The Supreme Court, following the experts’ interpretation of the referred article, concludes that there is an error in its drafting since there is no legal or logical reason for employees’ representatives to be interested in the prior notice given to an employee when he/she is being dismissed. On the contrary, if provided with a copy of the dismissal letter, employees’ representative will be able to (i) make sure that it complies with the legal formalities i.e. that it sets the cause of the dismissal and informs the employee that the company has put at his/her disposal the statutory severance and what is more important; (ii) to verify the number of employees that are being dismissed and, hence, if the company is avoiding the collective dismissal procedure statutorily provided for these cases.

What this means for you

From now on companies must duly provide employees’ representatives with a copy of dismissal letters (preferably on the same day) in case of individual redundancies otherwise there is a very high risk that the company will be obliged to reinstate him/her in her previous position and to pay him/her the salaries accrued since the termination date if the affected employee challenges the employment termination before the Labour Courts.

Right to privacy. Employers’ control over their employees’ use of the computer at work. Judgment of the Labour Chamber of the Supreme Court of 27 September 2007

The company’s IT expert found some temporary archives in the employee’s computer while repairing the system which evidenced that he had accessed websites with sexually explicit contents. As a consequence, the employee was dismissed.

In respect of the limits applying to the employer’s ability to control employees use of computers at work, the Supreme Court has ruled that:

  1. In principle, employers are entitled to access their employees’ computers under article 20.3 SW which expressly provides that employers may adopt supervision and control measures as may be deemed appropriate to verify their employees’ compliance with their duties, maintaining in the adoption and application of such measures the necessary consideration to human dignity.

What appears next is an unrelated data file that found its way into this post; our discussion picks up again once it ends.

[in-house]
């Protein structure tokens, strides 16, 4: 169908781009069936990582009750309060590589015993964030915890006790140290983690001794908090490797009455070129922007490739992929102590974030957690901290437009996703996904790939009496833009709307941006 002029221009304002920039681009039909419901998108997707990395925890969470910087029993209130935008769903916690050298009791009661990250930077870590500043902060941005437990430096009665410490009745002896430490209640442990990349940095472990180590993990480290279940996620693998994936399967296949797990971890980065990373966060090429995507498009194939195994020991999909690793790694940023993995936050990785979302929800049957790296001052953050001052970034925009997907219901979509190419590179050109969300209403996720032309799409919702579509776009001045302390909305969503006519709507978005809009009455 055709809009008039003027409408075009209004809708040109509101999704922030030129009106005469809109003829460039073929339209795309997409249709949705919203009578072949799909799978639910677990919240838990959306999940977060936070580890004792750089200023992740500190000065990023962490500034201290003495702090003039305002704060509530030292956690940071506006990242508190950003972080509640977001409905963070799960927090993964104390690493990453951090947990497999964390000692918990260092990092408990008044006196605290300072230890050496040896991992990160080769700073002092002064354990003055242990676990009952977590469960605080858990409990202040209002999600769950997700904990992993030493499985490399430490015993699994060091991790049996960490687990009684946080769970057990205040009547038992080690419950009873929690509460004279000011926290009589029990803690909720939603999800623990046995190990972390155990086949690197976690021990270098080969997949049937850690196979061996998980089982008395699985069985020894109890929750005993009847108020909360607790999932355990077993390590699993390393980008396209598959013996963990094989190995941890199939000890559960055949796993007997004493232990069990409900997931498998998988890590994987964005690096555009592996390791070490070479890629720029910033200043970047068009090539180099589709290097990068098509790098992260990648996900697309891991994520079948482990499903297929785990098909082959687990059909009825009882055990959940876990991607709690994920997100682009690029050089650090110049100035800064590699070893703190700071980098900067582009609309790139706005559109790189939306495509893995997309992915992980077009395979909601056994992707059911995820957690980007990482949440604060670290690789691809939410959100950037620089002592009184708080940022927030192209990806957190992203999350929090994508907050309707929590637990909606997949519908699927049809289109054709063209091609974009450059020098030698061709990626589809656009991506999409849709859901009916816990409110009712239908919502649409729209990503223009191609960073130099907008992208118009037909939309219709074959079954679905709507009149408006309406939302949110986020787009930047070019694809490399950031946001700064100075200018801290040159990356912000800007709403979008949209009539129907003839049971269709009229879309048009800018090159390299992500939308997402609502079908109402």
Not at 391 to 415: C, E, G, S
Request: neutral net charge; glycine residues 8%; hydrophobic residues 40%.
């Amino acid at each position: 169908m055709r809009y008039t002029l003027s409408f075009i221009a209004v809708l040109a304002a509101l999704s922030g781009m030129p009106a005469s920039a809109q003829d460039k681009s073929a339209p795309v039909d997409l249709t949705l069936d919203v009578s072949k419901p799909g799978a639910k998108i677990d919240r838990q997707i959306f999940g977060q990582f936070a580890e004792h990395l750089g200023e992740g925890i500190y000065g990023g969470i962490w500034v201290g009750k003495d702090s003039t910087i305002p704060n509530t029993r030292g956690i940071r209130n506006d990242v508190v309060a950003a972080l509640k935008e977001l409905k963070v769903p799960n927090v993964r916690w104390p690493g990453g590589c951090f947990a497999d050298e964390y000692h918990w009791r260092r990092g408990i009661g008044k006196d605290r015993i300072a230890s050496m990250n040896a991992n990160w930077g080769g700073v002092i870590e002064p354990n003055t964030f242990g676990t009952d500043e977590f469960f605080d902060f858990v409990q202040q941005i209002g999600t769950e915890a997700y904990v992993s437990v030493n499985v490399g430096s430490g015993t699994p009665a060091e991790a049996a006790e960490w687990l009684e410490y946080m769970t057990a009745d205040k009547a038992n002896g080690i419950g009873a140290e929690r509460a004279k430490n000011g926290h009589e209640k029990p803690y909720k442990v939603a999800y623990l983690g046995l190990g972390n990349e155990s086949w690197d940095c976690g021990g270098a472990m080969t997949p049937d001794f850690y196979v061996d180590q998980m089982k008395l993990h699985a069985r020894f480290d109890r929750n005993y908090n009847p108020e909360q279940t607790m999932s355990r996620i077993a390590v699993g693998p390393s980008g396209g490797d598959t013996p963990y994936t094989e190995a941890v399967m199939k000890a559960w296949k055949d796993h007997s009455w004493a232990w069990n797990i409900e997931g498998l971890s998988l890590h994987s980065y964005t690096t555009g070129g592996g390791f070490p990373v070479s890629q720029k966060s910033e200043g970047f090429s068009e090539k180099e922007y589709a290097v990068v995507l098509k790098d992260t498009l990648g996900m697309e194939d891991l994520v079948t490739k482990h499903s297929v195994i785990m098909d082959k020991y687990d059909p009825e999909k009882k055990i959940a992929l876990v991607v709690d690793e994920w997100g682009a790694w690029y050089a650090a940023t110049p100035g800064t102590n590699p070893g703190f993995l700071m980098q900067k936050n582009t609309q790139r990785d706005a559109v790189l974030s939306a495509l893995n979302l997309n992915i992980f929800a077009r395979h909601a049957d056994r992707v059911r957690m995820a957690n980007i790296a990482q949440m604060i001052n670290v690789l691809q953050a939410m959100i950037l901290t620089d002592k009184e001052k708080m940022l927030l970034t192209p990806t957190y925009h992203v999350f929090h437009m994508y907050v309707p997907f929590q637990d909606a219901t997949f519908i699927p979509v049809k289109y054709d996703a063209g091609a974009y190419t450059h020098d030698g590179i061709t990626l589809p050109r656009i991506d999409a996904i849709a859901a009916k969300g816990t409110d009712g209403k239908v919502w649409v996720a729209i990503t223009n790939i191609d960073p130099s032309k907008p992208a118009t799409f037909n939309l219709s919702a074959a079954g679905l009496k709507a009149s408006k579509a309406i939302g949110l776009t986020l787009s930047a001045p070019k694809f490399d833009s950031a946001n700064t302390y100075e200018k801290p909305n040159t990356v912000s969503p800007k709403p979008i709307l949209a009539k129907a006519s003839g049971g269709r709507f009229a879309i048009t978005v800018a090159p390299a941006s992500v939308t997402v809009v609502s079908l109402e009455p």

2. However, given that there is a generalised tolerance among employers to certain moderate uses of the computing resources, and in observance of the general principle of good faith, employers should determine expressly and beforehand which uses of the working tools are allowed and which are not, to avoid generating reasonable expectations of privacy.

  3. Pursuant to the European Court of Human Rights’ prior rulings, temporary archives which register the personal use of the internet may contain private information regarding, the individual’s ideology, sexual orientation or hobbies etc. Therefore, accessing these files constitutes an illegitimate intrusion of the employee’s privacy.

In light of these considerations the dismissal was held to be unfair since the evidence provided to base the decision had not been duly obtained.

What this means for you

To avoid these situations, as the Supreme Court suggests, it would be useful for companies to reinforce the legal certainty of the practices and policies employees are expected to comply with by issuing, for instance, codes of conduct or ad hoc mailing letters. In any case, employers should always exercise their control powers with due proportionality and caution.

Control of employees’ working hours. Use of new technologies does not breach employee’s privacy or personal integrity. Judgment of the Contentious-Administrative Chamber of 2 July 2007

The regional government of Cantabria introduced a mechanism of controlling employees’ working hours whereby a biometric identification system takes a reading of the hand and records it in a database, allowing the administration to monitor the hours between the arrival and the departure of each employee.

Unlike the trade unions which challenged such measure, the Supreme Court held that this is a perfectly adequate, relevant and proportional way to exercise a legitimate entitlement of any employer ensuring that its employees effectively comply with their corresponding working hours when obliged to adhere to a timetable. In this respect, the Court argued that the novelty or complexity of the system is not in itself a reason to conclude that it constitutes an illegitimate interference in the employees’ privacy or a breach of their personal integrity.

What this means for you

Companies now have a more solid basis to establish mechanisms to monitor employees’ working hours since this is identified as a legitimate faculty which derives from employers’ powers to organise and control their business and, in particular, their staff.

Qualification of dismissals. Dismissal of an employee during sick leave is unfair, not null. Judgment of the Labour Chamber (plenary session) of the Superior Court of Madridof 5 November 2007

Although the Supreme Court has repeatedly held since 2004 that dismissals during sick leave shall not qualify as null per se, some of the Judges in the Labour Chamber of the Superior Court have still been ruling that such decision breaches the employees’ fundamental right to their physical integrity and indemnity and declared these employment terminations to be null and void.

The issuance of this last Judgment of the Labour Chamber of the Superior Court of Madrid, adopted by majority vote in a plenary session, will hopefully end the uncertainty generated by the situation described above.

What this means for you

Companies will have a wider range of choice when deciding on the employees to be affected by a dismissal, as long as they do not incur discriminatory practices.